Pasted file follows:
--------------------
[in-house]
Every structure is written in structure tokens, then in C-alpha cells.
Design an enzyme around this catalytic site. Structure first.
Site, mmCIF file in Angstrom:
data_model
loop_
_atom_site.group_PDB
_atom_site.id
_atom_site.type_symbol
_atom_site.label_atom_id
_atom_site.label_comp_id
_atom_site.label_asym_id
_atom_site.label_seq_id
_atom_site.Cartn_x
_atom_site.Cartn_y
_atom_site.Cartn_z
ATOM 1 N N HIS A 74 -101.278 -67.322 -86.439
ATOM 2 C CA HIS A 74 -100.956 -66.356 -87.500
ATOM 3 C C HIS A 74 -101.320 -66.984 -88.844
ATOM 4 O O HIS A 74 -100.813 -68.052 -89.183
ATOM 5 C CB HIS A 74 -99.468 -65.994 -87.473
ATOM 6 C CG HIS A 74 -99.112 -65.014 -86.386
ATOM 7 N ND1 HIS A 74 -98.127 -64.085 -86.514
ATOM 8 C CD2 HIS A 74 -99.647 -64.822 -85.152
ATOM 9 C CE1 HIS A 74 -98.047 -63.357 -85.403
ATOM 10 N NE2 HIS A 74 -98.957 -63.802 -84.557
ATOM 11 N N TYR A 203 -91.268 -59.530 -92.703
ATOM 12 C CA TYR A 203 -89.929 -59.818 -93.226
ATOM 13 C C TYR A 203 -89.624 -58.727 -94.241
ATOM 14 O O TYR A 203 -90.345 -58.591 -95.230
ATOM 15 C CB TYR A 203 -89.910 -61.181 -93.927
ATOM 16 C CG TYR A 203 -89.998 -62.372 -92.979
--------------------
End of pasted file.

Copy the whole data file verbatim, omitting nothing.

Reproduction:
[in-house]
Every structure is written in structure tokens, then in C-alpha cells.
Design an enzyme around this catalytic site. Structure first.
Site, mmCIF file in Angstrom:
data_model
loop_
_atom_site.group_PDB
_atom_site.id
_atom_site.type_symbol
_atom_site.label_atom_id
_atom_site.label_comp_id
_atom_site.label_asym_id
_atom_site.label_seq_id
_atom_site.Cartn_x
_atom_site.Cartn_y
_atom_site.Cartn_z
ATOM 1 N N HIS A 74 -101.278 -67.322 -86.439
ATOM 2 C CA HIS A 74 -100.956 -66.356 -87.500
ATOM 3 C C HIS A 74 -101.320 -66.984 -88.844
ATOM 4 O O HIS A 74 -100.813 -68.052 -89.183
ATOM 5 C CB HIS A 74 -99.468 -65.994 -87.473
ATOM 6 C CG HIS A 74 -99.112 -65.014 -86.386
ATOM 7 N ND1 HIS A 74 -98.127 -64.085 -86.514
ATOM 8 C CD2 HIS A 74 -99.647 -64.822 -85.152
ATOM 9 C CE1 HIS A 74 -98.047 -63.357 -85.403
ATOM 10 N NE2 HIS A 74 -98.957 -63.802 -84.557
ATOM 11 N N TYR A 203 -91.268 -59.530 -92.703
ATOM 12 C CA TYR A 203 -89.929 -59.818 -93.226
ATOM 13 C C TYR A 203 -89.624 -58.727 -94.241
ATOM 14 O O TYR A 203 -90.345 -58.591 -95.230
ATOM 15 C CB TYR A 203 -89.910 -61.181 -93.927
ATOM 16 C CG TYR A 203 -89.998 -62.372 -92.979